Former Gov. Dick Riley statue to be located in Peace Center plaza

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Greenville native Dick Riley, a former S.C. governor and secretary of education under President Bill Clinton, will be honored with a sculpture in a very public place — the plaza in front of the Peace Center.

The statue, designed by Greenville artist Zan Wells, who created downtown’s Mice on Main as well as the bronze statues of Joel Poinsett and Charles Townes, shows Riley reading a book to two children. The statue will be installed on one of the plaza’s seat walls.

The design is meant to honor Riley’s commitment to quality education for all children.

Former South Carolina governor and U.S. education secretary Dick Riley will be honored with a sculpture in downtown Greenville. Greenville artist Zan Wells designed the sculpture.

Greenville City Council voted to accept the statue from the Friends of Dick Riley sculpture committee. Frank Holleman, Riley’s former deputy at the U.S. Education Department, and Erwin Maddrey, a Greenville business leader, led the committee.

Riley was Clinton’s education secretary from 1993 to 2001, and governor of South Carolina from 1979 to 1987.

He was South Carolina’s first two-term governor in modern times, the Legislature and the state’s residents having voted to amend the state Constitution to allow Riley to serve a second term. Riley, who was known as South Carolina’s “Education Governor,” pushed for the passage of the Education Improvement Act of 1984, which is considered one of the most comprehensive and successful education-reform packages in America.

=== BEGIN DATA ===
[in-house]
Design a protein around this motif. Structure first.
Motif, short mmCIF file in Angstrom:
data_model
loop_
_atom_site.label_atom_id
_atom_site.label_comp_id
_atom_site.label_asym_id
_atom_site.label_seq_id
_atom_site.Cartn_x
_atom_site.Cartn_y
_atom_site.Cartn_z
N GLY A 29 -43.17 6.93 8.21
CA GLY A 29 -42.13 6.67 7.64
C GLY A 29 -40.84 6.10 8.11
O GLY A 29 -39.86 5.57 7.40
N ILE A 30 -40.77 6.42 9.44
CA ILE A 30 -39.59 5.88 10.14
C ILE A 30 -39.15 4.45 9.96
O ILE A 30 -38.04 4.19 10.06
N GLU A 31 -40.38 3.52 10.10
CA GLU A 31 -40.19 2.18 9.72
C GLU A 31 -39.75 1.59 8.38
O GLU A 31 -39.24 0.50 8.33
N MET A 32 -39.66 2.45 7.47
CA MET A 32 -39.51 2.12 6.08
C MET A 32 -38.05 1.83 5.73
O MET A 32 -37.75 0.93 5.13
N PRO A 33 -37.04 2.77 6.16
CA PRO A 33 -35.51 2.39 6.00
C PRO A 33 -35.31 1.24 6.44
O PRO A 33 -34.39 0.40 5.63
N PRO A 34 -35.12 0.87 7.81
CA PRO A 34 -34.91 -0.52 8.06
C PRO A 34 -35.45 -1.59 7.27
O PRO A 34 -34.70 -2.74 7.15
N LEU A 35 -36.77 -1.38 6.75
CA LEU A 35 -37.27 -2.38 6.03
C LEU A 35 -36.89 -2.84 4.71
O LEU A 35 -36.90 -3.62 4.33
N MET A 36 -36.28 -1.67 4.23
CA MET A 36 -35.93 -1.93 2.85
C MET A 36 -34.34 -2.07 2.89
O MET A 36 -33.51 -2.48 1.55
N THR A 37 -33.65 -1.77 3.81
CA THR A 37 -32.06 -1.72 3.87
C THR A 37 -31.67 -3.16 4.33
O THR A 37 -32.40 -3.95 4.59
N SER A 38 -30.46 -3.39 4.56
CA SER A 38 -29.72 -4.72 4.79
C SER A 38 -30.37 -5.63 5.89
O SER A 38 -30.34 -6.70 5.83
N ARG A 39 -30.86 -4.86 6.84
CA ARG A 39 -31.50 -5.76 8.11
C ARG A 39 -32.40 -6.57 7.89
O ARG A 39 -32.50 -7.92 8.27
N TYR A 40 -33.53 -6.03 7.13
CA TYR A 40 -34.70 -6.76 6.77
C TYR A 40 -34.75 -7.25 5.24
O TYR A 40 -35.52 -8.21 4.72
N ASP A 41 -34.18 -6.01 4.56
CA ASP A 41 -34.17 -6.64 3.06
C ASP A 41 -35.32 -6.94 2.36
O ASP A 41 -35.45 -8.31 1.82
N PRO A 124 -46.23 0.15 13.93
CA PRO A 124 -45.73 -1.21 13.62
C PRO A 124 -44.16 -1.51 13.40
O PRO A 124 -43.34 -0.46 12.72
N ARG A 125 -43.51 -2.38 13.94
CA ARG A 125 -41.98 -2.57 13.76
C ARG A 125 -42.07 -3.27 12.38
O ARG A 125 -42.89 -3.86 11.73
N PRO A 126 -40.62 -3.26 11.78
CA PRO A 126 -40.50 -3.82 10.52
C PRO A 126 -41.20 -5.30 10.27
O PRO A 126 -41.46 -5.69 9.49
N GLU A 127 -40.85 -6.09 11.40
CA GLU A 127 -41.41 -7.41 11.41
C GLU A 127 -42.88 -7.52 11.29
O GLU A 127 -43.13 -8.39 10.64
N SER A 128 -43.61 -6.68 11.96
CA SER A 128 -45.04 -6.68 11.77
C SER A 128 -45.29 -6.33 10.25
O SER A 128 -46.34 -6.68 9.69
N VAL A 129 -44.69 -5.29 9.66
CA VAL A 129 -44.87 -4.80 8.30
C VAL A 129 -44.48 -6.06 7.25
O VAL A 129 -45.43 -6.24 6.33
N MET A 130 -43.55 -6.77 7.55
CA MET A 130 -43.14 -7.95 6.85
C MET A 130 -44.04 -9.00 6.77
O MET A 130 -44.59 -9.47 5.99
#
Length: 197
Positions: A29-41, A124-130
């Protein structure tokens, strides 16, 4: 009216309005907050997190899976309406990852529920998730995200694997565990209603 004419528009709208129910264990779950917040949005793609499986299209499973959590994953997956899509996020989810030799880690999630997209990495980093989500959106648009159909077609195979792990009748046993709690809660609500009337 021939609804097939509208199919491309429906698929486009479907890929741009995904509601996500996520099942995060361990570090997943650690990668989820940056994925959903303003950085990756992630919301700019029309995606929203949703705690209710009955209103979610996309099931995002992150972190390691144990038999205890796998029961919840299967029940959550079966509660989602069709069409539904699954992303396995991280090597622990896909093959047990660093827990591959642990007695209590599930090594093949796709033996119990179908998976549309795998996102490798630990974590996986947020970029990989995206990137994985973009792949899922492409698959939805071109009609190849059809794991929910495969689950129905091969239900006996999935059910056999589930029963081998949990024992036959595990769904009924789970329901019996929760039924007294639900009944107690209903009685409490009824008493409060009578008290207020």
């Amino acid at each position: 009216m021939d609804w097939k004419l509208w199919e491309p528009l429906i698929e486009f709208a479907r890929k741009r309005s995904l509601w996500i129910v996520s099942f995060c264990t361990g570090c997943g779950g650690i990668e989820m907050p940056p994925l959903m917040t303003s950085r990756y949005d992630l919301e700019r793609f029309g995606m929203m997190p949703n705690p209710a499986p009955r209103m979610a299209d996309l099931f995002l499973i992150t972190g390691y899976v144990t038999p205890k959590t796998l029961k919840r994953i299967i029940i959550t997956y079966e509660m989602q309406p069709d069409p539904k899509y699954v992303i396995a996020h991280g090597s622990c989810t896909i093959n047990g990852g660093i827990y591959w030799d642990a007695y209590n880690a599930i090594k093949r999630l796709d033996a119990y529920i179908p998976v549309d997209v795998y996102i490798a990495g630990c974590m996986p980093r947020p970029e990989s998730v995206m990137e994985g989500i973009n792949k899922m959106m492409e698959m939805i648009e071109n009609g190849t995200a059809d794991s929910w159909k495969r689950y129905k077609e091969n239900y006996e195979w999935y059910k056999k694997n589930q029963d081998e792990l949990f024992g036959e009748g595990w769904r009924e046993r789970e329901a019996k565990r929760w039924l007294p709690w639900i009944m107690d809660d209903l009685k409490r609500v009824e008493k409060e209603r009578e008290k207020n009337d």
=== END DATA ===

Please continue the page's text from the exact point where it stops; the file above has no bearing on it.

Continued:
The agreement suggests that three flags be placed behind the statue — one each to honor Riley’s service to Greenville, South Carolina, and the United States.

Dick Riley’s accomplishments

  • First modern governor of South Carolina to serve two consecutive terms.
  • Led the passage of the Education Improvement Act of 1984, considered one of the most comprehensive and successful education reform packages in America.
  • Only South Carolinian to serve as governor and as a president’s Cabinet member.
  • Longest-serving U.S. secretary of education (eight years).
  • Named one of the Top 10 Best Cabinet Members in U.S. History by Time magazine in 2009.
  • Member of the South Carolina Hall of Fame.
  • Partner in the law firm of Nelson Mullins Riley and Scarborough.
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